The global economic climate has been challenging for many businesses. Economic uncertainty can make hiring and recruiting more difficult, as candidates become increasingly concerned with job security and may seek better opportunities in other industries or markets. A pivot in your hiring strategies is essential during these times.
You’re probably familiar with the term “hiring for fit,” a phrase that generally refers to finding candidates who will be an excellent cultural fit and whose skills align with your company’s mission.
But what if you need to hire during an economic downturn? What if your business needs more employees than usual at this time to keep up with demand? Or what if you have a limited budget and only have time available for particular positions, while others are left unfilled due to a lack of qualified applicants in your area?
In these cases, changing how you go about hiring can make all the difference between being able to meet customer demand and having people leave without having anyone else come in their place.
That’s why we’ve compiled three stories of companies that adapted their hiring strategies due to economic changes and benefited from it.
As one of the major tech giants, Google has always prioritized innovation. The company has consistently taken proactive steps to source and acquire the best available talent to sustain this goal.
However, like many others, subsequent economic downturns impacted Google’s ability to meet its hiring goals and led them to explore alternatives for recruiting talent.
In addition to increasing diversity within their ranks through better-recruiting practices, Google also developed initiatives aimed at helping women and other underrepresented groups succeed at tech companies like themselves by providing mentorship programs and networking opportunities outside traditional work environments such as conferences or hackathons.
The tech giant also launched several training programs designed to get applicants from novice to job ready. This shift enabled them to empower potential candidates with skills, making it easy to onboard them when hired and for continued professional growth and development. On top of this, enrollees of Google’s training programs provide the company with consistent recruiting sources.
This way, Google can attract and retain exceptional talent within its ranks while economic conditions are not favorable.
Apple has found a sweet spot between being profitable and keeping its workforce and target market satisfied.
But it hasn’t always been easy for the company, which has continuously had to compete for its highly coveted market share.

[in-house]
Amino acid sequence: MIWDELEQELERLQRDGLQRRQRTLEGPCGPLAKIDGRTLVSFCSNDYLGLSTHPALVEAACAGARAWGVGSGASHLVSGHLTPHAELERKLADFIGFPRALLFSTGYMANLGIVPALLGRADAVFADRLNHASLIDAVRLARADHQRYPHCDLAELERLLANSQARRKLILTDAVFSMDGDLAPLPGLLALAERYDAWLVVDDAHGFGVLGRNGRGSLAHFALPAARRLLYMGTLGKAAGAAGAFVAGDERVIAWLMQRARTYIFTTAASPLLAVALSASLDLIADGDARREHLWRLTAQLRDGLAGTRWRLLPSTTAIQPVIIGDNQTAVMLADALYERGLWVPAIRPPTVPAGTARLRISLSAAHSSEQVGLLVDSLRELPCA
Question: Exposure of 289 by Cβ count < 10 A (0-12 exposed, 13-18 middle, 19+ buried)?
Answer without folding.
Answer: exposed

After the recession, Apple made it a priority to keep its talent base as lean as possible in order to stay competitive. The company shifted its focus towards retaining employees with experience and skills that were in high demand while also looking for candidates who could be flexible and work remotely.
This strategy paid off – Apple was able to maintain its market share and even grow in some areas. Employees at Apple typically have a high level of job satisfaction. They report that their work is challenging and meaningful and that the company provides excellent growth opportunities. In addition, the company has a very positive culture, with employees feeling appreciated and supported.
In line with its goal of building and maintaining a lean workforce of highly competent professionals, the company also offers excellent benefits, including health insurance, retirement plans, and tuition reimbursement.
FedEx has been in business for over 50 years, and during that time, the company has dealt with a variety of economic conditions. In the early 70s, when the company was founded, the economy was booming, and there was plenty of demand for FedEx services. However, as the economy changed over time, so did the demand for FedEx services.
In 2008, when the global recession started, FedEx faced competition from other online shipping companies. FedEx had to change its hiring strategies to meet goals to stay competitive and keep customers. Instead of focusing on how many employees they could hire in a year, they looked into how to improve their recruiting process by focusing on how many employees the company could keep and how productive they were.
Since making these changes, FedEx has been able to keep its employees and continue to grow its business. Today, FedEx is one of the largest shipping companies in the world and employs over 850,000+ workers.
Ultimately, hiring strategies, goals and practices should be designed to meet your company and its employees’ needs. In a time of economic uncertainty, it’s worth taking steps to improve the quality of candidates you attract and select from.
Any company looking to remain or regain relevance and competitiveness in the current market must be willing to rework strategies on matters that are core to their operations. An essential element of this strategy is the workforce.
Ensuring hiring goals align with the market, the company’s objectives, and stakeholders’ interests is a precise balancing act, which, if not done correctly, can be costly to everyone involved.